CHASKA (Minnesota) • Arthritic wrists kept Michelle Wie out of competition for two months before this week's Women's PGA Championship. She resumed hitting golf balls only a week before tackling the host course, Hazeltine National Golf Club, preparation that she acknowledged was far from ideal.
But after struggling to a 12-over 84 in Thursday's first round, Wie, one of the most prominent players in women's golf, was forced to confront an even harder truth.
"I'm not entirely sure how much more I have left in me," the 29-year-old American said, choking back tears. "So even on the bad days, I'm just like trying to take time to enjoy it. But it's tough, I just love being out here."
She had played the last few holes applying an ice pack to her right wrist between shots to numb the pain.
Grouped with former world No. 1 Lydia Ko and Minjee Lee, Wie started on the 10th hole with a bogey, and then had two more bogeys to go with two double bogeys and two birdies on her first nine. Her final nine included three bogeys and a quadruple bogey, on the par-three eighth hole.
On a day when only 16 players broke par, Hannah Green of Australia shot a four-under 68 to take the first-round lead, a stroke ahead of Kim Hyo-joo and Melissa Reid.
STILL LOVING IT
I'm not entirely sure how much more I have left in me. So even on the bad days, I'm just like trying to take time to enjoy it. But it's tough, I just love being out here.
MICHELLE WIE, who at just 29 has battled a multitude of injuries for years but still retains a deep passion for the sport.
Ko, who carded a 71, said that Wie never sulked and never stopped saying "good shot" when one of the players in her group hit a drive long and straight or an approach close to the hole.
"She was positive," the New Zealander said. "She's such a fighter, and I think she's an amazing role model to many girls and boys, and I think she's showing that nothing is impossible."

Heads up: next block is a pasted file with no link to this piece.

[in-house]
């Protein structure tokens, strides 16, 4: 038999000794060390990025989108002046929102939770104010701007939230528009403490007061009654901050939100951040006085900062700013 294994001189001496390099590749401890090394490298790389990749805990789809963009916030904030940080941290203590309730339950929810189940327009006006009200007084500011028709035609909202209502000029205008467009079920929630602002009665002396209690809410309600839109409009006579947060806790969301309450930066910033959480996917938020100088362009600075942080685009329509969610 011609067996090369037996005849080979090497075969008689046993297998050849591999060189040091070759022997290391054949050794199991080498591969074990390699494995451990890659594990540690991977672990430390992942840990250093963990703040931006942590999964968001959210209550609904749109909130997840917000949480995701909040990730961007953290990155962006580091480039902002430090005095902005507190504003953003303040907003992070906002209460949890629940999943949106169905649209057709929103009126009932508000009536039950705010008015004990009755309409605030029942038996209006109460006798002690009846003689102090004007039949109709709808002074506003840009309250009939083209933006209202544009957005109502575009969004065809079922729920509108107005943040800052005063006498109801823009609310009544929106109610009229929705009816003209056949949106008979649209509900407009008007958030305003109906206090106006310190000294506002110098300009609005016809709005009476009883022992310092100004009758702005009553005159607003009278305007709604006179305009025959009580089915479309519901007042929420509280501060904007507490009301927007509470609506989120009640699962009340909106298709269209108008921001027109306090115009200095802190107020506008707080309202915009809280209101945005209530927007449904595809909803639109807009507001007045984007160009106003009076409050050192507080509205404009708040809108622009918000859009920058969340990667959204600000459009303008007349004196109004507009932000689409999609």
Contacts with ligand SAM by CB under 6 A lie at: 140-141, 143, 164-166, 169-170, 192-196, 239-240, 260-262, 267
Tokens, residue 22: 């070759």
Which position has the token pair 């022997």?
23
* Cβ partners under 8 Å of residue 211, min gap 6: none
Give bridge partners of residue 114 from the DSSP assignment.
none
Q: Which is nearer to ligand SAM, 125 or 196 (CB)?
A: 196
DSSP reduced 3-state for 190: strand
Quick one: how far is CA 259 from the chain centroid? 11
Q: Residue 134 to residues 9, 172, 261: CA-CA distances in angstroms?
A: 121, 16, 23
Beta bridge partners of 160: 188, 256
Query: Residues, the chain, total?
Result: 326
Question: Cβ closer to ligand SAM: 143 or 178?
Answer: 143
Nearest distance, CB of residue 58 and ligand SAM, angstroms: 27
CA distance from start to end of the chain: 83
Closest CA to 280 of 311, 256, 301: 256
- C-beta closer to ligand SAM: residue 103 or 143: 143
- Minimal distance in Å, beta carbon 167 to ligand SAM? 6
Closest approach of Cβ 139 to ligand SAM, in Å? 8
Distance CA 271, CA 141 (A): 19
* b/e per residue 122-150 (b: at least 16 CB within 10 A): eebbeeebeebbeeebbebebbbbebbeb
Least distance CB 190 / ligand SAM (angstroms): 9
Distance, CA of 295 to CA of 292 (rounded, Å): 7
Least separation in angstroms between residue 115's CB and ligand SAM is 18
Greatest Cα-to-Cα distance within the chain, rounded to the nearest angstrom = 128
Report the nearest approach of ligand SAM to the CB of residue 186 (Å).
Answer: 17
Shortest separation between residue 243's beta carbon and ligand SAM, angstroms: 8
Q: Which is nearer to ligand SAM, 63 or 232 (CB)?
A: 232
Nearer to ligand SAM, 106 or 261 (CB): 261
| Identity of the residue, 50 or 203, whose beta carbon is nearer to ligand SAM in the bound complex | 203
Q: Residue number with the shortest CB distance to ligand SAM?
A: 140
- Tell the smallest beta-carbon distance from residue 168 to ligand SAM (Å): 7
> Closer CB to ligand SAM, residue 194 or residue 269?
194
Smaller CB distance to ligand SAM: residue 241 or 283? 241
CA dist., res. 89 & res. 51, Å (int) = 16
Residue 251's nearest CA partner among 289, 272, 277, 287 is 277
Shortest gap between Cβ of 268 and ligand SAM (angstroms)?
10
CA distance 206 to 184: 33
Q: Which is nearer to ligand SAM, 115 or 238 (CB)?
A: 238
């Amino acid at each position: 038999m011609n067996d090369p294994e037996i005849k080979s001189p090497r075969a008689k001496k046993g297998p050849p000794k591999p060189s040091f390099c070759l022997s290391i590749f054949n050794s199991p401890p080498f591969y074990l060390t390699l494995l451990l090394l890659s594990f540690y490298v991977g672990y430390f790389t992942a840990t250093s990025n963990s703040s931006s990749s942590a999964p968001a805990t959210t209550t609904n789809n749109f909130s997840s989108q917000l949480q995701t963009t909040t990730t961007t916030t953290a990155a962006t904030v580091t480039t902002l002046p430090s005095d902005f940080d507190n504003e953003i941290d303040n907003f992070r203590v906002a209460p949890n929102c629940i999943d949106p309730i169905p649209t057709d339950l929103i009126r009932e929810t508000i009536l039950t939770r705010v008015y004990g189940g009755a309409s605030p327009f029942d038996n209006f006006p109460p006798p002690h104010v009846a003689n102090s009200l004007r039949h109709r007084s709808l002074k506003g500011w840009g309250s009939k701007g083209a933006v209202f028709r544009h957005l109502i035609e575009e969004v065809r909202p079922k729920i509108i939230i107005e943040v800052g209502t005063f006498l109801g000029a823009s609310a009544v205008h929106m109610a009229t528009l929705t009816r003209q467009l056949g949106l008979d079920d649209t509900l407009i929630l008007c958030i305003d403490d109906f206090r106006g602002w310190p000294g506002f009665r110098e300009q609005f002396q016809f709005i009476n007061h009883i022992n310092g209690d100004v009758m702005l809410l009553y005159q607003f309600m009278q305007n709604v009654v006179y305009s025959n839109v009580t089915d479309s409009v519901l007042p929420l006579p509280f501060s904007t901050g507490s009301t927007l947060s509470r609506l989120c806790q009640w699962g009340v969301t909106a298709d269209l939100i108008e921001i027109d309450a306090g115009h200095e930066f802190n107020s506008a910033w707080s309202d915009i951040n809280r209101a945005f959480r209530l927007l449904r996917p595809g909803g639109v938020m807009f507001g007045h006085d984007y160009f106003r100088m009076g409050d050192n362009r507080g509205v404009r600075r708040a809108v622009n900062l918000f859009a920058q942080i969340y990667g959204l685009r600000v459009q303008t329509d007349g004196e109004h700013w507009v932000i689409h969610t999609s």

This was the 281st LPGA start for Wie, who has five victories on the tour, including in the 2014 US Women's Open. She has spent more than half of her life in the spotlight, emerging at age 13 on the grandest stage in women's golf by playing her way into the last day's final group of the Major now known as the ANA Inspiration. She finished in a tie for ninth.
As a 15-year-old amateur in 2005, Wie nearly won the Women's PGA Championship. She finished second, three strokes behind Annika Sorenstam. In the ensuing 14 years, Wie's passion for the game has remained stout, but her back, hip, knees and wrists have broken down at various times.
She followed an unorthodox path in the sport, prioritising LPGA events over junior championships and periodically competing on the men's PGA Tour early in her career, and then entering college well after she had established herself as a professional golfer.
She earned a degree in communications from Stanford in 2012, and in March, she became engaged to Jonnie West, the Golden State Warriors' director of basketball operations and the son of Jerry West, the Hall of Fame basketball player.
Wie said that she had recently considered applying for a medical leave of absence and shutting down golf for the rest of the season but that she had been inspired to come back and play this week after watching the injury-hit Warriors' six-game loss to Toronto in the National Basketball Association Finals.
As a pro, she has earned nearly US$7 million (S$9.5 million) in prize money and much more than that in endorsements.
WOMEN'S PGA CHAMPIONSHIP
Day 3: Singtel TV Ch115 & StarHub Ch209, tomorrow, 3am